When is the management of a company in dire straits to stop its activities and to no longer take on new obligations on behalf of the company? Is this already the case if the future of the company is uncertain or should the situation be more serious? In its judgment dated 17 June 2020 (ECLI:NL:RBNHO:2020:4451), the District Court of North Holland ruled that there must be an irreversible crisis situation in which the company’s situation is hopeless. In that case, the management board is obliged to cease the activities of the company, failing which it will be liable for the loss suffered by the creditors as a result.

The aforementioned judgment of the District Court of North Holland concerned a construction company in heavy weather where a change of watch took place not long before the bankruptcy. From 1 April 2011 to 22 July 2016, X was the sole director and shareholder of the construction company. From 22 July 2016, X was succeeded by Y as sole director and shareholder. The only shareholder and director of both X and Y was the same natural person Z. Not long after the aforementioned changes, the construction company was declared bankrupt on 6 September 2016. 

According to the trustee appointed in the bankruptcy, the management had continued the company for too long.  As a result, the contracting company had continued to enter into obligations while the board knew or should have known that the contracting company would no longer be able to fulfil these obligations. The trustee in bankruptcy held the board liable for the damage suffered by the creditors as a result. In that context, the board finally reached agreement with the trustee to pay € 120,000 to the estate against final discharge on both sides. This was followed by a simplified settlement of the bankruptcy without the unsecured creditors having received a payment from the bankruptcy.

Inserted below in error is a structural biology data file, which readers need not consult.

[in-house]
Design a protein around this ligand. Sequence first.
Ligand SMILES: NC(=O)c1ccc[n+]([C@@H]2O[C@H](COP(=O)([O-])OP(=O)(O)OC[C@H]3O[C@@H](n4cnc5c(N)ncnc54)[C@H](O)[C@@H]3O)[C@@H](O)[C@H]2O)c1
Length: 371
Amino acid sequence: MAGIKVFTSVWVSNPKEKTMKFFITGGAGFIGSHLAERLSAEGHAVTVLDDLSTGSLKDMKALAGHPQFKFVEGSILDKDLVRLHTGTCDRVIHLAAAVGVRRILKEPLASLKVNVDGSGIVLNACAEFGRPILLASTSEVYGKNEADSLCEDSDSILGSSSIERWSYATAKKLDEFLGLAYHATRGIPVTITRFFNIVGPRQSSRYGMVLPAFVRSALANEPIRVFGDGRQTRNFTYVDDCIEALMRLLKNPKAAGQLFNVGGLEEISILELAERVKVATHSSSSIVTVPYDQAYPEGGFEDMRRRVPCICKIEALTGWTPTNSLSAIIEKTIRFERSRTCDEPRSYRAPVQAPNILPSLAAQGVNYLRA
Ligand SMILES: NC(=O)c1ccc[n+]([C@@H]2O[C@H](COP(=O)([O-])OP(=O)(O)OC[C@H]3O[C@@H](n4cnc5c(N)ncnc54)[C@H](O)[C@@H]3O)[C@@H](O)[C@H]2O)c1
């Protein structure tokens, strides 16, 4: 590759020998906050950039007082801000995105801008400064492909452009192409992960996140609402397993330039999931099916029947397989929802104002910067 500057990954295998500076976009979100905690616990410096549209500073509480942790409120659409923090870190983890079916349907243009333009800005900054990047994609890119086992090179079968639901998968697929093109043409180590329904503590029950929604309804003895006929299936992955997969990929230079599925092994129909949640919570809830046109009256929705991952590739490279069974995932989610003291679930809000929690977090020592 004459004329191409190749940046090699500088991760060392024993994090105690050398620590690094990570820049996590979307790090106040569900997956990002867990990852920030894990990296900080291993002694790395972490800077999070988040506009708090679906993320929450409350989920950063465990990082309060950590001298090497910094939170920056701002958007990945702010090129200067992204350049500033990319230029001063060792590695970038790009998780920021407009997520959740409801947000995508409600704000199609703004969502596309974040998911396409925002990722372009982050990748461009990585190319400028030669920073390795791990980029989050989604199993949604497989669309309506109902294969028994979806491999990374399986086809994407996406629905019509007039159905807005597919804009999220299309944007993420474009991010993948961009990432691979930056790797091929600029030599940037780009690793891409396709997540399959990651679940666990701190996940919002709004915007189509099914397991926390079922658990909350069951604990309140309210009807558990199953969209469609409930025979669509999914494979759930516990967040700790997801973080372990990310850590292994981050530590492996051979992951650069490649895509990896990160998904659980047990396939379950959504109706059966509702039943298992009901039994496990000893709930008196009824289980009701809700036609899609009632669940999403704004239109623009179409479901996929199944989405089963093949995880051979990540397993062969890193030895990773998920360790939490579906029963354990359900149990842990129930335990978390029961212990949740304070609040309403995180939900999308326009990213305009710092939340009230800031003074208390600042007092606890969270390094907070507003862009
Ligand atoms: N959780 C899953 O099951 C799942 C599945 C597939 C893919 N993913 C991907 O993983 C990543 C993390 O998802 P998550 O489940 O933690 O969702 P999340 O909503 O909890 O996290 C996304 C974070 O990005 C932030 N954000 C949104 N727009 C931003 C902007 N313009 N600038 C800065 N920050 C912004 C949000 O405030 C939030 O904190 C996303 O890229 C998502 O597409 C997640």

Some unsecured creditors (subcontractors hired by the contractor company) did not leave it at that. They were of the opinion that the actions of the Board of Trustees after the reference date mentioned by them (1 April 2016) were unlawful based on the standards as formulated in the judgment of the Supreme Court of 8 December 2006, NJ 2006/559 (Ontvanger/Roelofsen) and held X, Y and Z liable in that respect.

It follows from the aforementioned Supreme Court judgment (Ontvanger v Roelofsen) that in the event that a creditor of a company is prejudiced by the fact that his claim remains unpaid and unrecoverable, the liability of the company may also, depending on the circumstances of the particular case, give rise to liability on the part of the person who, as director, (i) acted on behalf of the company or (ii) caused or permitted the company to fail to comply with its legal or contractual obligations. According to the Supreme Court, in both cases it may generally only be assumed that the managing director has acted unlawfully towards the creditor of the company where, also in view of his obligation to properly perform his duties as referred to in article 2:9 of the Dutch Civil Code, a sufficiently serious accusation can be made. In the cases referred to under (i), the personal liability of the managing director of the company may be assumed if, when entering into obligations on behalf of the company, the managing director knew or should reasonably have understood that the company would not be able to fulfil its obligations and would not be able to offer any recourse, except for circumstances to be invoked by the managing director on the basis of which the conclusion can be justified that he personally cannot be blamed for the prejudice. In the cases referred to under (ii), the director in question may be held liable for damages suffered by the creditor if his acts or omissions as a director in relation to the creditor in the given circumstances are so negligent as to make him personally liable. Such a serious accusation may in any event exist if it is established that the director knew or should reasonably have understood that the conduct of the company which he had brought about or allowed to be brought about by him would result in the company failing to comply with its obligations and that he would not be able to recover any damages resulting therefrom.